Love it or hate it, Secret Santa is something many workplaces participate in in the lead up to Christmas, as an opportunity for team bonding and a little lighthearted relief.
But for employers and HR professionals, the thought of trusting employees to strike the right balance between fun and thoughtful and just straight-up inappropriate can be quite unnerving. After all, the last thing employers want to be gifted at Christmas is claims of bullying or harassment.
While the premise is simple enough, there’s plenty of scope for things to snowball into dangerous territory. After all, a person’s choice of Secret Santa gift fundamentally reflects their perception of their colleague, and a misjudged gift can feel like a character assassination. It’s a delicate balancing act – one which not only relies on good judgment of what kind of person the recipient is but on their personal boundaries. The unpredictability of it all is enough to create great anxiety not only for those involved but for employers too, and in many cases put them off the whole thing altogether.
That said, nobody wants to be the employer who cancelled Christmas, and with careful planning and direction, Secret Santa can be a great way to keep staff in good spirits during the festive period.
Here are our top HR tips for keeping workplace Secret Santa fun, without inviting HR issues.
1. Don't force participation
Those who have been playing Christmas songs on full blast since Halloween are likely to embrace Secret Santa with open arms – but for others, it can feel like a chore. The thought of having to buy a present for a colleague they have spoken to once in passing can be daunting, while others may worry about the cost.
Invite all employees to join in from the outset, but make it clear that participation is voluntary. If they don’t wish to take part, for whatever reason, don’t put pressure on employees or make them feel like a Scrooge. While you may be keen to promote good working relationships between colleagues, forced bonding can backfire. Instead, respecting people’s boundaries and allowing them to participate on their own terms is likely to be a more effective way of creating a positive and comfortable working atmosphere. This is also likely to positively impact retention and engagement, which is key to the stability of your team and ability to achieve key objectives.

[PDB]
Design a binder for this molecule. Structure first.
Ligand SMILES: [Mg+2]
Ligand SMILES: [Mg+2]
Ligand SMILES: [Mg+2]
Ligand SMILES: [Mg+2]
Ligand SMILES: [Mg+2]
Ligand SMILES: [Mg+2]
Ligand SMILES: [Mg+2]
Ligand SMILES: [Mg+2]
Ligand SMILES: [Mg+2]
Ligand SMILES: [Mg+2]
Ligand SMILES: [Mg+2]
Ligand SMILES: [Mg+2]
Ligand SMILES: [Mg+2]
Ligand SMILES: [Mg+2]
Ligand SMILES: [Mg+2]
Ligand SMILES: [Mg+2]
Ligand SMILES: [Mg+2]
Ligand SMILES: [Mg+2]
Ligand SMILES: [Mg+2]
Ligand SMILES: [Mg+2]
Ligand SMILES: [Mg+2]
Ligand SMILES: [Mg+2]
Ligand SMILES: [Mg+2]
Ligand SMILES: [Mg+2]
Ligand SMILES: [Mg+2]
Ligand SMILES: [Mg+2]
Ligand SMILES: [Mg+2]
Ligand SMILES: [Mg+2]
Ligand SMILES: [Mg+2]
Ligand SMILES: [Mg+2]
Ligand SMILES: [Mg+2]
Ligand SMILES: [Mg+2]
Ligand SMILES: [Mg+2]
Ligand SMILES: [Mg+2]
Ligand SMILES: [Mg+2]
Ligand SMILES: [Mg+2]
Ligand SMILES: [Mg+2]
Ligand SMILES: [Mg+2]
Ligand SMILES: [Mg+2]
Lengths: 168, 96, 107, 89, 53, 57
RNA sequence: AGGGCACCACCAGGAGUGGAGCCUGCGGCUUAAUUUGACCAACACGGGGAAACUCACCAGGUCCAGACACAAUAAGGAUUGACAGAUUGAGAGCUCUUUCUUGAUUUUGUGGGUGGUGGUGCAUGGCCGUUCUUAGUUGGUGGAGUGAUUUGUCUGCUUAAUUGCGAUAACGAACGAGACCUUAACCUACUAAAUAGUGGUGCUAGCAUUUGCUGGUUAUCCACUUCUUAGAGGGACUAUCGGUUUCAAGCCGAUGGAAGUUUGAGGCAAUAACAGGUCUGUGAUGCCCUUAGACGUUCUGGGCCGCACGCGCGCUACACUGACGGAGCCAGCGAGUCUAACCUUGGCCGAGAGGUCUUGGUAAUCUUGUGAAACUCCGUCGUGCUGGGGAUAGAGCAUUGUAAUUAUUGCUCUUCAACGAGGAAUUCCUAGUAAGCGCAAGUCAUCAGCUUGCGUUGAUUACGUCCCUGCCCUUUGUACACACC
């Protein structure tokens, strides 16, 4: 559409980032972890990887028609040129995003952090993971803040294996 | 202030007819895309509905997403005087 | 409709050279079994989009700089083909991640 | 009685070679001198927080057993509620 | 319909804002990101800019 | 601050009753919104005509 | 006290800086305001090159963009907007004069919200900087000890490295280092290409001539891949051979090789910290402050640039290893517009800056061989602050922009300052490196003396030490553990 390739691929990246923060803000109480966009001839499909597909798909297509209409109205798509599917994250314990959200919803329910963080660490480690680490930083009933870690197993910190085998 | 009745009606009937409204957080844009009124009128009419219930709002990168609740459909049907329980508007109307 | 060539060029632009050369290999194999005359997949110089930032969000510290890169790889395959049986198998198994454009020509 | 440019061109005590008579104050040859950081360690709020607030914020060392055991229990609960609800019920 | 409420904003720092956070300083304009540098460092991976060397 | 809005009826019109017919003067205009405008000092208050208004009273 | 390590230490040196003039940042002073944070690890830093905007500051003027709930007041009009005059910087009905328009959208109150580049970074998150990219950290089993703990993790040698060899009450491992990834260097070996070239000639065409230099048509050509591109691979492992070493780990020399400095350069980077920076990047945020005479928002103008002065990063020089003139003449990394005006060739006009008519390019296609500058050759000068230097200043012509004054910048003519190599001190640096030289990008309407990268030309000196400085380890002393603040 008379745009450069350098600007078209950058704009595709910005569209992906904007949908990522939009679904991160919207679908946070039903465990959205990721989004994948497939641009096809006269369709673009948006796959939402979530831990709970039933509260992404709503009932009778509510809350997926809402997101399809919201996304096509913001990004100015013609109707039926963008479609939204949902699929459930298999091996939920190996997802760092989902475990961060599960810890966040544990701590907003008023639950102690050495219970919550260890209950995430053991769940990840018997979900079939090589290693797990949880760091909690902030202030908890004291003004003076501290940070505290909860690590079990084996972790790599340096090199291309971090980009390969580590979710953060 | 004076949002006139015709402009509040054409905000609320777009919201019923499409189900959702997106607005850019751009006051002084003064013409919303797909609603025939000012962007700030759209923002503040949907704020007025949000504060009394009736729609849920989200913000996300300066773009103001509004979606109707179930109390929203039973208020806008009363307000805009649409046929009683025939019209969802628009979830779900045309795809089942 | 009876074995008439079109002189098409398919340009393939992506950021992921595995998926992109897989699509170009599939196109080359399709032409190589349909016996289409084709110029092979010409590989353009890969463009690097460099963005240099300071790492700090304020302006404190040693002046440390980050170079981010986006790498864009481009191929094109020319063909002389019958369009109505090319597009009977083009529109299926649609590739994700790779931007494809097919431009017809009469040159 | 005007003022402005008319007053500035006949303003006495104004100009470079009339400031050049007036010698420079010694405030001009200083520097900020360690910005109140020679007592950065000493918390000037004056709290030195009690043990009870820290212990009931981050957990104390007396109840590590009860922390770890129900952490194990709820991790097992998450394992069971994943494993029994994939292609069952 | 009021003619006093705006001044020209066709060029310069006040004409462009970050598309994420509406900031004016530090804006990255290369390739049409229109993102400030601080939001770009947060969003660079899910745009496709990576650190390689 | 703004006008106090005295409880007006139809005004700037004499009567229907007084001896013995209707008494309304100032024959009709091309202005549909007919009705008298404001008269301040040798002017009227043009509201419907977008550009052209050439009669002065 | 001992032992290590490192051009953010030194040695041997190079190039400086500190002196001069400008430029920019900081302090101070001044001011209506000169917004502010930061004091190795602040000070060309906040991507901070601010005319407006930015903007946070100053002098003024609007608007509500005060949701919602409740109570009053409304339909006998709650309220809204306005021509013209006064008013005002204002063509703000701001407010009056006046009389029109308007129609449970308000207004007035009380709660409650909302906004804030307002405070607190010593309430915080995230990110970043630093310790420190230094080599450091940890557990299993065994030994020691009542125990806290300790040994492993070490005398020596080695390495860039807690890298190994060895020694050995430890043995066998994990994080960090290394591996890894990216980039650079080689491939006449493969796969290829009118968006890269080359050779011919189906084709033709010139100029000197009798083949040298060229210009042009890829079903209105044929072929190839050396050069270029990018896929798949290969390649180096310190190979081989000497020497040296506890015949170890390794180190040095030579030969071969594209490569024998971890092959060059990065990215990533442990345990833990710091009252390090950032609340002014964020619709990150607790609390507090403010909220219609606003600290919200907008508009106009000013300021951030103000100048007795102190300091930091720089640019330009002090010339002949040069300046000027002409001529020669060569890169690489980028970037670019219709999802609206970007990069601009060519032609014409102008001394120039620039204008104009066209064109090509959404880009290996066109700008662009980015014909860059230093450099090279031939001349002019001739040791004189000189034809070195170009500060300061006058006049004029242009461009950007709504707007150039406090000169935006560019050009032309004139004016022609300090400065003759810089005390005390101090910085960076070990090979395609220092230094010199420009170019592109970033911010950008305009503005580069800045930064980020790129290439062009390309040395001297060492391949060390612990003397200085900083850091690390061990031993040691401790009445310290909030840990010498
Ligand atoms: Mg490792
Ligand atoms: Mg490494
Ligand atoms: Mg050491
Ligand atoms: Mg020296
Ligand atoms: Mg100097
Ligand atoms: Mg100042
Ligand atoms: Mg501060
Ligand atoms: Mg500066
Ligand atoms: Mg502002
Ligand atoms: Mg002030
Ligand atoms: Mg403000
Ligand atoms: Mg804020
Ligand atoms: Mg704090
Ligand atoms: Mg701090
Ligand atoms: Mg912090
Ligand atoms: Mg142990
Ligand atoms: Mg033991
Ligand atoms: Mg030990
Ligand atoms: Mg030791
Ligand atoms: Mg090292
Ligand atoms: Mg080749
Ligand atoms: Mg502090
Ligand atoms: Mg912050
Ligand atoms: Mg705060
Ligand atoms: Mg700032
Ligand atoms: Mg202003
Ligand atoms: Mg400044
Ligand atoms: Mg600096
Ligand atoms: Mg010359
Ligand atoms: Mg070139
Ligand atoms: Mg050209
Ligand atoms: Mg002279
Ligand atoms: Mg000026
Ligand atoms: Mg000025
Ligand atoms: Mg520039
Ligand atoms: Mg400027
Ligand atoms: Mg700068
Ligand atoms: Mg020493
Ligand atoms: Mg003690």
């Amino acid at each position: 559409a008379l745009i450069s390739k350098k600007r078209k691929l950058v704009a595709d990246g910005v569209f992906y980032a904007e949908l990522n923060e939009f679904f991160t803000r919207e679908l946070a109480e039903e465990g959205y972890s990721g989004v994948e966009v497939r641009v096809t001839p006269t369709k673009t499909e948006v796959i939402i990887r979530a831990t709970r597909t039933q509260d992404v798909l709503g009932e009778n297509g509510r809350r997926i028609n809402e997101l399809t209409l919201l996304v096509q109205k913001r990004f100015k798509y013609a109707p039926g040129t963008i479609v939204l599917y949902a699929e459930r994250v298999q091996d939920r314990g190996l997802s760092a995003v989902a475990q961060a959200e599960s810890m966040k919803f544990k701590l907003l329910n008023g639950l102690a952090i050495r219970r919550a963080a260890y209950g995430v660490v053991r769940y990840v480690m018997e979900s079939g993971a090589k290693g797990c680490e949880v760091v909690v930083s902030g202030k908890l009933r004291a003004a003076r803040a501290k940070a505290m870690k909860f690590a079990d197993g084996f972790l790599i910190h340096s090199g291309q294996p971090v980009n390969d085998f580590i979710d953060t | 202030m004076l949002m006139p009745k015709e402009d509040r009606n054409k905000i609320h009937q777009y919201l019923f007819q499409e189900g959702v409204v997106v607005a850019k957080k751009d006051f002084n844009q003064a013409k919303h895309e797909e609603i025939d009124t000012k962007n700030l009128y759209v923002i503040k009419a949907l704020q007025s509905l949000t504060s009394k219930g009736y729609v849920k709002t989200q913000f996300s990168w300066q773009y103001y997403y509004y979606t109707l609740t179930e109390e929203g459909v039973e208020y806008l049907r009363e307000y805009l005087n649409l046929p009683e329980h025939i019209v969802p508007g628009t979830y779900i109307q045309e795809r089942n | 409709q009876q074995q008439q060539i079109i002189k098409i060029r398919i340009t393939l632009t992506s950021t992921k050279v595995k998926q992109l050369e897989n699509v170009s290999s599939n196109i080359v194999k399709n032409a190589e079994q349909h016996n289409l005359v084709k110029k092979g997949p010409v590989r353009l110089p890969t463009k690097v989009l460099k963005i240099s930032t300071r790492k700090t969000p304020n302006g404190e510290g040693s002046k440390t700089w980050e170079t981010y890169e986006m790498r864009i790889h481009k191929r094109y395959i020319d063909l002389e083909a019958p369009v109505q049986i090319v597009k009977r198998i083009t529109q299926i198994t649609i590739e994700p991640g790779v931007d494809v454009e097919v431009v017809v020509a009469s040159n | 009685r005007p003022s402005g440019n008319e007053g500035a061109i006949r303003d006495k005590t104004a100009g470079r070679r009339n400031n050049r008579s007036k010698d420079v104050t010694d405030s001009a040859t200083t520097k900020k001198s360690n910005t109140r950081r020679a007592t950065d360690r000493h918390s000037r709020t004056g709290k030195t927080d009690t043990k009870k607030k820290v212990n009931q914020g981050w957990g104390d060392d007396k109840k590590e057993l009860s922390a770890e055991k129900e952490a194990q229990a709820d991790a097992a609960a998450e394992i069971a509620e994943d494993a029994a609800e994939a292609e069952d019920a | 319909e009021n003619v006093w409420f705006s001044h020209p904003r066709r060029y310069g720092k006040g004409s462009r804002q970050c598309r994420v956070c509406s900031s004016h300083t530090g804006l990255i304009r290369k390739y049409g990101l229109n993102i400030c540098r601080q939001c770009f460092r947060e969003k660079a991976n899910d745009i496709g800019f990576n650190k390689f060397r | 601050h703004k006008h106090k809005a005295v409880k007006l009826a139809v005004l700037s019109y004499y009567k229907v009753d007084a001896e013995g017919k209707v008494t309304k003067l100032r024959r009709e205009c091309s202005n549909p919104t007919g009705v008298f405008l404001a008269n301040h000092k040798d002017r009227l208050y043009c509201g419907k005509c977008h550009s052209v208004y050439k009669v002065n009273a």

Remember, not everyone celebrates Christmas, or celebrates it the same way.
2. Clearly state the budget and deadline
It’s useful to state a budget for gift-giving, as this will eliminate the anxiety of having to judge what’s an appropriate amount to spend and help to keep everyone on the same page. This could be whatever you feel is appropriate, but £5, £10 or £20 are typical amounts. Make sure that whatever budget you set is reasonable for all your employees and encourage them to stick to it, as spending £50 when the limit is £5 can swiftly turn a cheery atmosphere decidedly awkward.
The more direction you provide, the narrower the scope for things to go off-piste. This includes providing clear instructions on the deadline and how gifts will be exchanged.
3. Offer some inspiration
To steer employees in the right direction, consider providing a list of ideas and some examples or what would and wouldn’t be appropriate. Some websites even allow employees to create wish lists, which eliminates the risk of nasty surprises.
Importantly, when deciding on a gift, encourage employees to ask the question: is this appropriate?
Remind staff to exercise good judgement and to keep in mind that what’s funny to them might be offensive to others. Even the most well-intentioned gifts have the potential to upset someone or be taken in the wrong way. Advise employees to steer clear from gifts that poke fun at, or can be perceived to poke fun at, people’s vulnerabilities. Hair dye, diet pills or deodorant should be strictly off the list, and it’s safest to avoid risque, vulgar or tongue-in-cheek items, such as lingerie, phallic-shaped items or nude calendars, as this could easily result in a sexual harassment claim.
It’s particularly important that employees remain respectful to the individual’s religion or beliefs, sex, age, race, disability, etc., as these characteristics are protected under the Equality Act 2010 and may land you with a complicated grievance to deal with, or even leave you exposed to an Employment Tribunal claim for harassment. Legal ramifications aside, gifts of this nature can potentially jeopardise workplace relationships, which can destabilise your team, hamper productivity and create an overall hostile working environment.
HR hurdles got you feeling less than festive?
If you’re battling an influx of people problems as Christmas approaches, we can help you to get things back on track.
With our personalised fixed-fee support, you can make light work of HR matters through access to a dedicated, legally-qualified Employment Law Adviser, whom you can call upon at any time for practical advice, guidance and clarification. This is particularly valuable over the busy Christmas period, as it will help to take the pressure off you and/or your internal HR team, avoid costly legal missteps, and ensure the stability of your workforce into the New Year.
To discuss your specific challenges and the range of support available through Ellis Whittam, call 0345 226 8393.
There are so many ways that a Christmas party can turn your festive period sour. Read our top tips for ensuring things go smoothly, without the threat of legal issues.